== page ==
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After following these steps all that is left to do is spin up some and use a new PooledRedisClientManager. We get access to a client via the use of the PooledRedisClientManager. In the demo code I spin up new clients in new threads to simulate concurrent access to the connection pool, here is the relevant code

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It is slightly backward in its usage in that you must ask the PooledRedisClientManager for a IRedisClient where it will use the IRedisClientFactory you  provided, and just give you a IRedisClient which you can use. But  which IRedisClient you get is up to the PooledRedisClientManager.  So if you are relying on it being a specific IRedisClient guess  again, you will need to check which IRedisClient has been dished  out by the PooledRedisClientManager.

 

 

Redis Admin UI

There is an Admin UI (which runs on .NET/Mono) which also includes JSON, XML, JSV & SOAP services for all Redis operations at: https://github.com/ServiceStack/ServiceStack.RedisWebServices/

 

Raven Document Database Usage

In this section I will discuss usingRaven.

There are a couple of points that are worth note before we start to look at  using Raven, so lets  give these a quick bit of discussion right now shall we:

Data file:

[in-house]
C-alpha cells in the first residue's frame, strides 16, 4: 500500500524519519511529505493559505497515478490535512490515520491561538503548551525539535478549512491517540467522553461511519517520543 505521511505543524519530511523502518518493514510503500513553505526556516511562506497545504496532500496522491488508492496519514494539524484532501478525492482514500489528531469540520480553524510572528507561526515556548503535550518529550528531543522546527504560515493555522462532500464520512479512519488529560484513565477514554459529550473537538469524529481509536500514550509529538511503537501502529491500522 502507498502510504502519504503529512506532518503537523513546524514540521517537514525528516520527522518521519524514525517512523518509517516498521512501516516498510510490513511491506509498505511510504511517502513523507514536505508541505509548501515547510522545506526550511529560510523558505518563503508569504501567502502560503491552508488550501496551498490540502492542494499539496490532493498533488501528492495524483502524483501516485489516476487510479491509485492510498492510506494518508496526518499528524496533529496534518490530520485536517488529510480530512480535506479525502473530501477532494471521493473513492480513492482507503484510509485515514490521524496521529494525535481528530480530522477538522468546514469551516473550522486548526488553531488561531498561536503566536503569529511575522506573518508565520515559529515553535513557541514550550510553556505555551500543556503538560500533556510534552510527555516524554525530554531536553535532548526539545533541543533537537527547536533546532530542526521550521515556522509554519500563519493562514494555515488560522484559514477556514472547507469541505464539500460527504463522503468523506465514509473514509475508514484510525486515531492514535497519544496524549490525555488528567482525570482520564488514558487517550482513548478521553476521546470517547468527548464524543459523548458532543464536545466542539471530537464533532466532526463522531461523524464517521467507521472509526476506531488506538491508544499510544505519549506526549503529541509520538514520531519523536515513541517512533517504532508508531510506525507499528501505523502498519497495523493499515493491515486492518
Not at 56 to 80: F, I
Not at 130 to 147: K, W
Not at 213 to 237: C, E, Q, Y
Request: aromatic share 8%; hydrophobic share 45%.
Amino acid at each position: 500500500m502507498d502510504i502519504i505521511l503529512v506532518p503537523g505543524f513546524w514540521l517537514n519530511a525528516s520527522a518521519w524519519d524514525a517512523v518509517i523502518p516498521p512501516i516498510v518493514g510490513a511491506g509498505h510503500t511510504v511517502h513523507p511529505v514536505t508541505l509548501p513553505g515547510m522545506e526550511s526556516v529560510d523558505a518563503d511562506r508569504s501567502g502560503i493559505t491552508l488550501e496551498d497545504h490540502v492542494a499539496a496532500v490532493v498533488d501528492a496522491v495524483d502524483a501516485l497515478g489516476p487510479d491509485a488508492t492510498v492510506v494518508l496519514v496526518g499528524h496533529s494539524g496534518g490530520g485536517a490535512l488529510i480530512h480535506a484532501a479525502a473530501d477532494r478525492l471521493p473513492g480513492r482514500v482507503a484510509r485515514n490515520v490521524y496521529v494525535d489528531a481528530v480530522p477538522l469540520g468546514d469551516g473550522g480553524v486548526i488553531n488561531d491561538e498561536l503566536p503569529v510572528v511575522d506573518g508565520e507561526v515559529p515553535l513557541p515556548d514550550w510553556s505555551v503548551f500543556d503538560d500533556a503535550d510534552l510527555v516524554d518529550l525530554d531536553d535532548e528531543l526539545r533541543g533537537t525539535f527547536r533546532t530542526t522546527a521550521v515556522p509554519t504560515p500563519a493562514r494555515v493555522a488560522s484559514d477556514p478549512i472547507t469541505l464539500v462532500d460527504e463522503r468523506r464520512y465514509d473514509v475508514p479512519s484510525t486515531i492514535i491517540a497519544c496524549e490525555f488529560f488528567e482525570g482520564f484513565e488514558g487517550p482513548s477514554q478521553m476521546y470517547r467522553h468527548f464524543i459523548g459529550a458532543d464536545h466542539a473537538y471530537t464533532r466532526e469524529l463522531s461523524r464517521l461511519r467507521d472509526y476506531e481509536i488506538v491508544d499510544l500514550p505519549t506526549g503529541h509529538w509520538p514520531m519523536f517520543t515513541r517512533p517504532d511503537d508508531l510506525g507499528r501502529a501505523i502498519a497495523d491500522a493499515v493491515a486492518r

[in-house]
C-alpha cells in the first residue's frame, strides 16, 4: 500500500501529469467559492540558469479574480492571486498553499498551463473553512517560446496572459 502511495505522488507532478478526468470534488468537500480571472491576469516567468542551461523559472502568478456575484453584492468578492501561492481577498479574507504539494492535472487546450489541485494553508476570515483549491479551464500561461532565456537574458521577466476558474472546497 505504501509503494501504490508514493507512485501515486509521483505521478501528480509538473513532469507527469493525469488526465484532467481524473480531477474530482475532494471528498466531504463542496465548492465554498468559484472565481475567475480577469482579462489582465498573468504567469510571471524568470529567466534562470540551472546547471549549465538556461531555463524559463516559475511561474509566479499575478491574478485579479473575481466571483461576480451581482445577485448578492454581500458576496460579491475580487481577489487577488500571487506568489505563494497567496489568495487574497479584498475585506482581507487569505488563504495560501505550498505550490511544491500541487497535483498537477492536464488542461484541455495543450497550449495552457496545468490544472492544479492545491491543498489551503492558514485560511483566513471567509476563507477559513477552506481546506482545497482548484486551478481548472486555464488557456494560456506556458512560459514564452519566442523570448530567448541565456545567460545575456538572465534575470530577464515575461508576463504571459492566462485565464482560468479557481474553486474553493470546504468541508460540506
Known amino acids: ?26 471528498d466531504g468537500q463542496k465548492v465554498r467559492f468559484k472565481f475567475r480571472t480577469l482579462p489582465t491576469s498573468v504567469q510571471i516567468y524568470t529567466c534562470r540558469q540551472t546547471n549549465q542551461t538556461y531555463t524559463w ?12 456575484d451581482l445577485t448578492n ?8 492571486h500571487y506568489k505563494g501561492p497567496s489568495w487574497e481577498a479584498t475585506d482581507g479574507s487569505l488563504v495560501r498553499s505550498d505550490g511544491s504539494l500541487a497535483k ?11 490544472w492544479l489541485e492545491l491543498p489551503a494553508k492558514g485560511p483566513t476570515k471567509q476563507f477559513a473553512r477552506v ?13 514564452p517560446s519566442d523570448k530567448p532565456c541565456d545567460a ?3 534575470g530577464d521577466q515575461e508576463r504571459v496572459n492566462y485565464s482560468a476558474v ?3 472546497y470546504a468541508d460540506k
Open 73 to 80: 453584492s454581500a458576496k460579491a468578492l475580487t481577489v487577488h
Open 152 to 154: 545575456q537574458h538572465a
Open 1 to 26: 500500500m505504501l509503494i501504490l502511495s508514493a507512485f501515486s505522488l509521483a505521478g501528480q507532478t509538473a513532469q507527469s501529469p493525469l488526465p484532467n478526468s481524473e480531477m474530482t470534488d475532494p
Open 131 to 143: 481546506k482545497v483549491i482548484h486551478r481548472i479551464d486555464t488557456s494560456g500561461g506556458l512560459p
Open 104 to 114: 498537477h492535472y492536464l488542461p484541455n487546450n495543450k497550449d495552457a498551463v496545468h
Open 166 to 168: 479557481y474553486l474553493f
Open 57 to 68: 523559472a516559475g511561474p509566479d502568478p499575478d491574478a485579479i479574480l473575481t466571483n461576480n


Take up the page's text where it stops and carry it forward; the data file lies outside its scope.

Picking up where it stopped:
1. Raven is written entirely in .NET, yes even the Server is .NET. I have seen plenty of chat/internet noise about this, and people saying that it would not be fast enough for high volume dataset demands. To be frank I am not in a position to say for sure whether this is the case or not, as I was just in an evaluation mode whilst looking at various different document databases. What I can say though is that for my evaluations I found no issues at all
  2. Raven has a concept of denying unbounded results sets, so if you try and bring back to much data Raven will step in and not allow that. This is a setting that can be changed but it is not encouraged
  3. Raven borrows ideas from other well known frameworks, mainly NHibernate, so when you see a IDocumentSession this should seem pretty familiar and almost be the same to use as ISession was/is in NHibernate.
  4. The commercial version of Raven is not free, but its not that much if it fits your needs

 

The Server